The following is the third of a five-part symposium on the question “how theological is political theology”, which took place at the 2016 American Academy of Religion meeting in San Antonio. The first article by Martin Kavka can be found here, the second by Catherine Keller here.
The success of political theology as a field of study depends upon a basic equivocation.
For some, “political theology” consists in constructive theological reflection upon politics (usually in a Christian mode), while for others “political theology” is a purely descriptive form of analysis. This ambivalence is a source of intellectual vitality, and it has allowed political theology to flourish in many corners of the university.
The trouble is that those who are happy with descriptive analysis are often wary of constructive theology. This is one problem raised by the question, “How theological is political theology?”—if political theology really is theological, then perhaps it does not belong in departments of philosophy, law, and religious studies.
In my view, political theology is not theological enough. That is not because I think it ought to be more Christian – insofar as political theology reflects upon the mutual influence of religious and political thought, it must attend to traditions besides Christianity. What I mean to say is that, although political theology includes an important descriptive dimension, it is most fruitful when it also draws constructively upon religious traditions. In my view, both descriptive and constructive approaches to political theology are stronger if they remain closely connected to each other, and in fact there is no compelling reason to separate them—if the character of theology is correctly understood.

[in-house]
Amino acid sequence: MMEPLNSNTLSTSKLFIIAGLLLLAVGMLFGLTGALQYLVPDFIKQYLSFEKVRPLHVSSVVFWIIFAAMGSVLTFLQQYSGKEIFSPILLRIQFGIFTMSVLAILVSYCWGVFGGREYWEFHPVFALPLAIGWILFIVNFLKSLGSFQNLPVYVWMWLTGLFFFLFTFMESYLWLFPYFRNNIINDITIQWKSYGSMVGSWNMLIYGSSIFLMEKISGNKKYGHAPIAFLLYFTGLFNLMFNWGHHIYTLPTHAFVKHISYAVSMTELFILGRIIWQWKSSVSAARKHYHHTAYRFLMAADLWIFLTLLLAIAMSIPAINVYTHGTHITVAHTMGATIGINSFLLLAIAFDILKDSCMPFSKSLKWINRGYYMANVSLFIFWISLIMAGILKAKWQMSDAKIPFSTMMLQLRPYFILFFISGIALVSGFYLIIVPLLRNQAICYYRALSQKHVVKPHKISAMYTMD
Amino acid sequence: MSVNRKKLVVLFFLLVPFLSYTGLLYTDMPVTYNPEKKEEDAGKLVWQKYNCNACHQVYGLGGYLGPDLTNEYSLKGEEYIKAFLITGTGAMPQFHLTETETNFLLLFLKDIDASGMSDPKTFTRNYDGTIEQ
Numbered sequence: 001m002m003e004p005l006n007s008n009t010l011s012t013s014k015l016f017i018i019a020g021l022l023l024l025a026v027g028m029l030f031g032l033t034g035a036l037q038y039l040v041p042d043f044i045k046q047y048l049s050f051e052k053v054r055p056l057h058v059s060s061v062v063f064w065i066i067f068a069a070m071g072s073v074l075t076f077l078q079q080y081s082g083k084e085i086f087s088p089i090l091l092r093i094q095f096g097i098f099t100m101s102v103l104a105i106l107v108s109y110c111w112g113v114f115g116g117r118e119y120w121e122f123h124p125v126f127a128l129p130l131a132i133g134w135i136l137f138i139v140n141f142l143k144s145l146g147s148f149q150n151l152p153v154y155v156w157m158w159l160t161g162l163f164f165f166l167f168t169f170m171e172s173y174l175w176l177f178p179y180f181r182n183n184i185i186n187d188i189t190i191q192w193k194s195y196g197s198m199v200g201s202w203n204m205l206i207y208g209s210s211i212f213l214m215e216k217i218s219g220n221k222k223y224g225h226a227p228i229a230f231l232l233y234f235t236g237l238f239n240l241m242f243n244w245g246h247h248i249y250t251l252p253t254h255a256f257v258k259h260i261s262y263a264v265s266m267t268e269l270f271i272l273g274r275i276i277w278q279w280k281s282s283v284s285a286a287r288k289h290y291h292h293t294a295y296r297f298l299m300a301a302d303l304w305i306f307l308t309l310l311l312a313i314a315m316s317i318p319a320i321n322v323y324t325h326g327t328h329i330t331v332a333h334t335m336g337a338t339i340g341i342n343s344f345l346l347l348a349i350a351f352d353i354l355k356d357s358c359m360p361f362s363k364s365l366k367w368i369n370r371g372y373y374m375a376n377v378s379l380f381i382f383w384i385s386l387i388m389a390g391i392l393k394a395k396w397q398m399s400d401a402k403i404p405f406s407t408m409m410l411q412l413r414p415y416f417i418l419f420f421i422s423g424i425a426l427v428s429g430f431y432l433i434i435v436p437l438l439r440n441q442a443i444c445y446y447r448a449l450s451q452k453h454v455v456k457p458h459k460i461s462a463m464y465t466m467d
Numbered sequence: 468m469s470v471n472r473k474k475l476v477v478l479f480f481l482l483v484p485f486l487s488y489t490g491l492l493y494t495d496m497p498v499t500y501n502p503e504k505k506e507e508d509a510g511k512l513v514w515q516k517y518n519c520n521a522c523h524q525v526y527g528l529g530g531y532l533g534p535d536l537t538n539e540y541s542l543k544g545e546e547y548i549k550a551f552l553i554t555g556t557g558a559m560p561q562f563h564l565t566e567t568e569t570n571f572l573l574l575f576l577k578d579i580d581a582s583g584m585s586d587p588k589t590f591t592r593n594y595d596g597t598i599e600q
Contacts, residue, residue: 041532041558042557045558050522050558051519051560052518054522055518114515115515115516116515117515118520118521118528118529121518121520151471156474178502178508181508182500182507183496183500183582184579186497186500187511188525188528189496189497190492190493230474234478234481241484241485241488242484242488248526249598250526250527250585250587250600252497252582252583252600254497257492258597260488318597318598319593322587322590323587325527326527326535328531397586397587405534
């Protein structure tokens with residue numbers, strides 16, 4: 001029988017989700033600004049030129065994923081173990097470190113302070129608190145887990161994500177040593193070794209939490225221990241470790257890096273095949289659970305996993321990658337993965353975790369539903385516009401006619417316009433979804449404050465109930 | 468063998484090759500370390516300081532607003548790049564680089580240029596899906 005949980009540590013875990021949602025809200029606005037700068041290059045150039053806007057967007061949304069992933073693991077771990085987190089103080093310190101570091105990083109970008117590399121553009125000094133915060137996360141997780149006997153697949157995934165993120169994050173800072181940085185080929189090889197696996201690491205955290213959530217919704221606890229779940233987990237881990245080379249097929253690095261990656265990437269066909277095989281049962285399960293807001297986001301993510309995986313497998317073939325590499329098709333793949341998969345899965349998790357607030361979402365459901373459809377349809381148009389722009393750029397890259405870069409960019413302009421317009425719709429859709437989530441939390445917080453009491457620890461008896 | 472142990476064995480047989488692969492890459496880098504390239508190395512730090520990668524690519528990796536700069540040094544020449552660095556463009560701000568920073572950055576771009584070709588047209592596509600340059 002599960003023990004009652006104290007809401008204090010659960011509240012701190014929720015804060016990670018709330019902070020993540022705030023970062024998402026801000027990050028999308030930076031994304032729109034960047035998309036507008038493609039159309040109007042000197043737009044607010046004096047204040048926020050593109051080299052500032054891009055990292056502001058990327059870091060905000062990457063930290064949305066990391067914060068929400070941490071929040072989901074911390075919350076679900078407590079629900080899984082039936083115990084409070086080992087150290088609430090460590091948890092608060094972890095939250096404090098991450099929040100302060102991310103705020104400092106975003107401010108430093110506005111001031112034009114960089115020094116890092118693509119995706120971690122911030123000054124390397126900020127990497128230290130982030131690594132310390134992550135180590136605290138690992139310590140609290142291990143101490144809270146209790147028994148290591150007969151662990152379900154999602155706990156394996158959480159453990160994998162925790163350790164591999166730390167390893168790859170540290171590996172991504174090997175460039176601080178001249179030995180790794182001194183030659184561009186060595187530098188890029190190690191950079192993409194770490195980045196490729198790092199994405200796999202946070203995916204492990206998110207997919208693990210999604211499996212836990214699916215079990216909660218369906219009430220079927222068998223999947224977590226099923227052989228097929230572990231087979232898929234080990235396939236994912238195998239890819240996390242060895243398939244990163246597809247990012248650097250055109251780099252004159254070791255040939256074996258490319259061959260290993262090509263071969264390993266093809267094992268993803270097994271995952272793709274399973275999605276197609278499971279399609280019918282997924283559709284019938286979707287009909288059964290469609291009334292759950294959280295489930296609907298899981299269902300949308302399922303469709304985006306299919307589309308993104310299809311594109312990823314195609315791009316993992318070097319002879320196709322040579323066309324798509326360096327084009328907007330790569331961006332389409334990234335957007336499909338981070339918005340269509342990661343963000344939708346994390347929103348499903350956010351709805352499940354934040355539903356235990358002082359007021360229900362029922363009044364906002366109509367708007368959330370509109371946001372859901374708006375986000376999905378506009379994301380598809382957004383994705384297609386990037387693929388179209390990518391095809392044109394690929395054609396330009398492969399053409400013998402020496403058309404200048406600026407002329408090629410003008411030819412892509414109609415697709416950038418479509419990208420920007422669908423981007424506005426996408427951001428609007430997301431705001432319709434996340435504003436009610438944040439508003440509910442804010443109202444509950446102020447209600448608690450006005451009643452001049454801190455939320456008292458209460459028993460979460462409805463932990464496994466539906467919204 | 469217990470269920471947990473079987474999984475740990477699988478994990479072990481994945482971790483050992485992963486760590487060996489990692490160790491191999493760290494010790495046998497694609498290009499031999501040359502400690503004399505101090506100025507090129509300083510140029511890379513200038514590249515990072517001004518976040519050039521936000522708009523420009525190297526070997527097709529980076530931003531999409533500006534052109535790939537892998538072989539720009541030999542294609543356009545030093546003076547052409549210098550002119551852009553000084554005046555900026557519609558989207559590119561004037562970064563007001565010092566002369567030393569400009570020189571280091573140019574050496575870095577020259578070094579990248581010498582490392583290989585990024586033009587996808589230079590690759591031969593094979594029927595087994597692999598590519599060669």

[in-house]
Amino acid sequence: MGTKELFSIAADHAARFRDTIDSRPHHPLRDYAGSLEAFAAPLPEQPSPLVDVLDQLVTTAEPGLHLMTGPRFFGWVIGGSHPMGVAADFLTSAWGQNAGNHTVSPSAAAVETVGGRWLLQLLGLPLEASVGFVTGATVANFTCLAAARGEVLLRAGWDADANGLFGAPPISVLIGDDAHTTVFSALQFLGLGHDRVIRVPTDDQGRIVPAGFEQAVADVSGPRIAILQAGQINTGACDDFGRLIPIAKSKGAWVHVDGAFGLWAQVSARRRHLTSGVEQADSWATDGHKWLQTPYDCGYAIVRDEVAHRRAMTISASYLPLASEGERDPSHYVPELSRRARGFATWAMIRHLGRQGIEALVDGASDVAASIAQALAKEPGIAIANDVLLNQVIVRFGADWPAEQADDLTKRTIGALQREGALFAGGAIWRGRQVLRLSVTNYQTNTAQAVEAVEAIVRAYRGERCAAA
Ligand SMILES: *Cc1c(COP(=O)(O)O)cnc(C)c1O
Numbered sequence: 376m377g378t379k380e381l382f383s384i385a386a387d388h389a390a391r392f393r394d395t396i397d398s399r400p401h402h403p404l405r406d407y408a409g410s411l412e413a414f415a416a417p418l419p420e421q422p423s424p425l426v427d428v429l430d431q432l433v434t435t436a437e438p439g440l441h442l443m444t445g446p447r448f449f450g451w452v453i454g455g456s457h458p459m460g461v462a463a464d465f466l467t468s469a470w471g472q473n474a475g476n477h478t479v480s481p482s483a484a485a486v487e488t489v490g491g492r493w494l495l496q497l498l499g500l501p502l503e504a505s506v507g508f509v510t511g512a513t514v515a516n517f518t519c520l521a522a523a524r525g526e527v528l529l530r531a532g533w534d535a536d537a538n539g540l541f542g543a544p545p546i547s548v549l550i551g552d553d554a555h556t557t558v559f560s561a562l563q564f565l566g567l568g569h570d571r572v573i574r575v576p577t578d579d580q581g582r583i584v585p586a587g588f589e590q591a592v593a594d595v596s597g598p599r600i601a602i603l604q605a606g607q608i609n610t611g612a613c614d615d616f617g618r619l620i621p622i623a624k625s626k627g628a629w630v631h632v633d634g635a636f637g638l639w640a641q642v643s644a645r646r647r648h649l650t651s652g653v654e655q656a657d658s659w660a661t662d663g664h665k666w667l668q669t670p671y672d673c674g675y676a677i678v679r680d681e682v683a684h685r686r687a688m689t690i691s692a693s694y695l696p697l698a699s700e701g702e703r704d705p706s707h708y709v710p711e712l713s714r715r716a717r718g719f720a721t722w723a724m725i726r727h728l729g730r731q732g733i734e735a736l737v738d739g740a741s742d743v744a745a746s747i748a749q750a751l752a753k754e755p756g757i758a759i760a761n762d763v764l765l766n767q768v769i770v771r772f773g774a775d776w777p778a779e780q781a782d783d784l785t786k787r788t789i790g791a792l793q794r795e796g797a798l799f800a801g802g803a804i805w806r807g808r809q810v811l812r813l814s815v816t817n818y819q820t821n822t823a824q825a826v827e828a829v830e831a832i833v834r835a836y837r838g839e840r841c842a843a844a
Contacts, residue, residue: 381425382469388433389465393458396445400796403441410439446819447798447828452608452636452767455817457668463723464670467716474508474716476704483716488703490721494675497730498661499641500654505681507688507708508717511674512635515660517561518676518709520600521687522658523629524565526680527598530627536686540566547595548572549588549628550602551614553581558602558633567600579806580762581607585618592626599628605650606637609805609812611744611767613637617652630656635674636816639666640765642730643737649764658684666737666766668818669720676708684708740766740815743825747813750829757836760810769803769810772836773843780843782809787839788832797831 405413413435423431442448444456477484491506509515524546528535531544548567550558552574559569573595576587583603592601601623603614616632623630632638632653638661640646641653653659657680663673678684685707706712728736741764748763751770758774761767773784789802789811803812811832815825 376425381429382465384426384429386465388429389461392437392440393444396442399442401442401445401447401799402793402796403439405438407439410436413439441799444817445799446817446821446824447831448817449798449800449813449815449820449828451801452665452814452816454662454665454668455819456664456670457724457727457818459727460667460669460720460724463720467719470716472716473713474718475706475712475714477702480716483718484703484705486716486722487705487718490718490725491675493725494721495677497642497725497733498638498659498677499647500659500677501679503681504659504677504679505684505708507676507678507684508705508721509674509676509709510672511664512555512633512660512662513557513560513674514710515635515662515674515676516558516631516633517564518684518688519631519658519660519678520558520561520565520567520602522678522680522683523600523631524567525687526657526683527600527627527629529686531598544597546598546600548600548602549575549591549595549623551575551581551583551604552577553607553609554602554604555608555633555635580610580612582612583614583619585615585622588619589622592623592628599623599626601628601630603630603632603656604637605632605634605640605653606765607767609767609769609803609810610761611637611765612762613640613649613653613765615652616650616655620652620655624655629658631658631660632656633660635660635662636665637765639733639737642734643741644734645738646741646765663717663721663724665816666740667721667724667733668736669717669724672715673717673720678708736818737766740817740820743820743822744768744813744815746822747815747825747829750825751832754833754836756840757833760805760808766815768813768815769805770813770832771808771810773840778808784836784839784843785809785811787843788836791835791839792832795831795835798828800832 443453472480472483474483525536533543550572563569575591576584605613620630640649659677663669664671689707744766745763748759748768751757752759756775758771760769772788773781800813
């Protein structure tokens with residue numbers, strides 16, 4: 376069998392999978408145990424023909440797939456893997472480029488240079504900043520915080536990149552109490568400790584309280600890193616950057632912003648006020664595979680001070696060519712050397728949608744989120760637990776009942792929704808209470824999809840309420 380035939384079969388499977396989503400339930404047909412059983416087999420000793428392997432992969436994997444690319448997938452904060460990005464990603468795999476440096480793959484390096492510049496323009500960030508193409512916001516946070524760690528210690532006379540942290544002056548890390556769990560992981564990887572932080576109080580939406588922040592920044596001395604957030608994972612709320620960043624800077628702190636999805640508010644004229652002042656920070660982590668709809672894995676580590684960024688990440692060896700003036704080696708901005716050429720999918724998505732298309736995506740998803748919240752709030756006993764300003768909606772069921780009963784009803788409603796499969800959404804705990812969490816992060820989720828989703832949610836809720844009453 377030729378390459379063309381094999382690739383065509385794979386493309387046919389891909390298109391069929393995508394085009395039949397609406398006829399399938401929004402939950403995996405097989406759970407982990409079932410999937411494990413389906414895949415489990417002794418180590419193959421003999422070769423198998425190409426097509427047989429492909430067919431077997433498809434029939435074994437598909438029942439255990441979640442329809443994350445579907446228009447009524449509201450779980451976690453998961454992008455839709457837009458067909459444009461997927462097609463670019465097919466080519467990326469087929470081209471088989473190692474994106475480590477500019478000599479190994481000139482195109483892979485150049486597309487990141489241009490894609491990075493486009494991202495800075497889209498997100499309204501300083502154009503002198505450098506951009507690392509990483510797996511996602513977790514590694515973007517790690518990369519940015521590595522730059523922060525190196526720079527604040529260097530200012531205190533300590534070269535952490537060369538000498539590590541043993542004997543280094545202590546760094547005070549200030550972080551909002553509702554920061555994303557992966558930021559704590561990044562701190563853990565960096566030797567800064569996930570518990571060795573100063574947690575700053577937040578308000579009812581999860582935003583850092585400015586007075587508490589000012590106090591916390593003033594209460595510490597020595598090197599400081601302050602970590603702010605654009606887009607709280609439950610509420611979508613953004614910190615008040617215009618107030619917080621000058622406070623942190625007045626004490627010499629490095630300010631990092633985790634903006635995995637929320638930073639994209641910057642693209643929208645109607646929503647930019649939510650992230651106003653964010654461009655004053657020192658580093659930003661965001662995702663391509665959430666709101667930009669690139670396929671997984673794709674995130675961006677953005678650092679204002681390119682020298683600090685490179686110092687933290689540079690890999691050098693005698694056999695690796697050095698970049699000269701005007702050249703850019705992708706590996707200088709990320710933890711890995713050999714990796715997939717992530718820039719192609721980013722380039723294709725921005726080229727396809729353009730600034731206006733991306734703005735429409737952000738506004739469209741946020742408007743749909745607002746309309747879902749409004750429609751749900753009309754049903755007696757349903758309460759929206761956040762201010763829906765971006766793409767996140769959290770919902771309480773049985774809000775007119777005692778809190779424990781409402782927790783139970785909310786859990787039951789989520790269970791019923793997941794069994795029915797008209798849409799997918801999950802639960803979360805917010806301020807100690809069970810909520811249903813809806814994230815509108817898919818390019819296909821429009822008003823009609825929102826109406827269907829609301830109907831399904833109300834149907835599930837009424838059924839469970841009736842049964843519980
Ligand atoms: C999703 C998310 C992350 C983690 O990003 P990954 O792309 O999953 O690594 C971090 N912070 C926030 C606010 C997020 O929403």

Some critics of constructive political theology assume that it subordinates rational inquiry to divine authority. Mark Lilla understands theology in this way, and so he argues that politics should be have nothing to do with it. In contrast to Lilla, Paul Kahn acknowledges that politics and theology remain intertwined, but he argues that constructive political theology is no longer viable (since no one actually thinks this way any more). Kahn claims that, where premodern political theologies subordinated politics to theology, modern political theology describes the ways in which the state lays claim to the sacred.